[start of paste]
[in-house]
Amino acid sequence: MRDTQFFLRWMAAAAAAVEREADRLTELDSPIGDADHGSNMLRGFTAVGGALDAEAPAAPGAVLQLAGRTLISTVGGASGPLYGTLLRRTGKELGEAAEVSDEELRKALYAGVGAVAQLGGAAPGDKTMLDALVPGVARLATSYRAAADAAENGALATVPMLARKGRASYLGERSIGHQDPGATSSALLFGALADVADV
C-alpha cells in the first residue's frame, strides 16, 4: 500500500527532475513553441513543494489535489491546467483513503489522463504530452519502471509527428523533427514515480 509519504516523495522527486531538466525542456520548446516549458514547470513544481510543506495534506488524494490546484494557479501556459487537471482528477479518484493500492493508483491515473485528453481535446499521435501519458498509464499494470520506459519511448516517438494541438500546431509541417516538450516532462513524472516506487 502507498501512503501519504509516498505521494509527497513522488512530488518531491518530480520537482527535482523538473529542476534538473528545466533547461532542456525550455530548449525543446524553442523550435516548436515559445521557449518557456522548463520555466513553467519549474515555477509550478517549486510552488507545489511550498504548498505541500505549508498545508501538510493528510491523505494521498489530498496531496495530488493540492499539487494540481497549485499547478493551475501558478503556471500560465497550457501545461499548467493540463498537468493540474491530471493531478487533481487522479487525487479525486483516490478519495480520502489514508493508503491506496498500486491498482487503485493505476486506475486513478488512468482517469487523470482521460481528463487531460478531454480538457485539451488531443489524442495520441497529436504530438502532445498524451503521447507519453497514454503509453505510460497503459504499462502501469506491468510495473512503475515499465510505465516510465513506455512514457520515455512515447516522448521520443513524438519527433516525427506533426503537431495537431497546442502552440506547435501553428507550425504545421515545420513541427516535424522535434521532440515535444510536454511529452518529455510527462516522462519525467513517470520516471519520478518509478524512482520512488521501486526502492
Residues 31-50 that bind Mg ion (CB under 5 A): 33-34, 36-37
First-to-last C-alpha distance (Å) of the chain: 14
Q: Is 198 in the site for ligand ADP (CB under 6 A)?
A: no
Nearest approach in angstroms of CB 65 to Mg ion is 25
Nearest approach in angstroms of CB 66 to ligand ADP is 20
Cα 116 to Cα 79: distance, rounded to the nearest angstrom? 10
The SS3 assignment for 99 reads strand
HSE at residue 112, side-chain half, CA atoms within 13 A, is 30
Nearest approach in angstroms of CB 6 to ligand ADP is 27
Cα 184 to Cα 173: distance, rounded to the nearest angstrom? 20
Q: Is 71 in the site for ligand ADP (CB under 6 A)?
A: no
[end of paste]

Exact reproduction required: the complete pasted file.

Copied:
[in-house]
Amino acid sequence: MRDTQFFLRWMAAAAAAVEREADRLTELDSPIGDADHGSNMLRGFTAVGGALDAEAPAAPGAVLQLAGRTLISTVGGASGPLYGTLLRRTGKELGEAAEVSDEELRKALYAGVGAVAQLGGAAPGDKTMLDALVPGVARLATSYRAAADAAENGALATVPMLARKGRASYLGERSIGHQDPGATSSALLFGALADVADV
C-alpha cells in the first residue's frame, strides 16, 4: 500500500527532475513553441513543494489535489491546467483513503489522463504530452519502471509527428523533427514515480 509519504516523495522527486531538466525542456520548446516549458514547470513544481510543506495534506488524494490546484494557479501556459487537471482528477479518484493500492493508483491515473485528453481535446499521435501519458498509464499494470520506459519511448516517438494541438500546431509541417516538450516532462513524472516506487 502507498501512503501519504509516498505521494509527497513522488512530488518531491518530480520537482527535482523538473529542476534538473528545466533547461532542456525550455530548449525543446524553442523550435516548436515559445521557449518557456522548463520555466513553467519549474515555477509550478517549486510552488507545489511550498504548498505541500505549508498545508501538510493528510491523505494521498489530498496531496495530488493540492499539487494540481497549485499547478493551475501558478503556471500560465497550457501545461499548467493540463498537468493540474491530471493531478487533481487522479487525487479525486483516490478519495480520502489514508493508503491506496498500486491498482487503485493505476486506475486513478488512468482517469487523470482521460481528463487531460478531454480538457485539451488531443489524442495520441497529436504530438502532445498524451503521447507519453497514454503509453505510460497503459504499462502501469506491468510495473512503475515499465510505465516510465513506455512514457520515455512515447516522448521520443513524438519527433516525427506533426503537431495537431497546442502552440506547435501553428507550425504545421515545420513541427516535424522535434521532440515535444510536454511529452518529455510527462516522462519525467513517470520516471519520478518509478524512482520512488521501486526502492
Residues 31-50 that bind Mg ion (CB under 5 A): 33-34, 36-37
First-to-last C-alpha distance (Å) of the chain: 14
Q: Is 198 in the site for ligand ADP (CB under 6 A)?
A: no
Nearest approach in angstroms of CB 65 to Mg ion is 25
Nearest approach in angstroms of CB 66 to ligand ADP is 20
Cα 116 to Cα 79: distance, rounded to the nearest angstrom? 10
The SS3 assignment for 99 reads strand
HSE at residue 112, side-chain half, CA atoms within 13 A, is 30
Nearest approach in angstroms of CB 6 to ligand ADP is 27
Cα 184 to Cα 173: distance, rounded to the nearest angstrom? 20
Q: Is 71 in the site for ligand ADP (CB under 6 A)?
A: no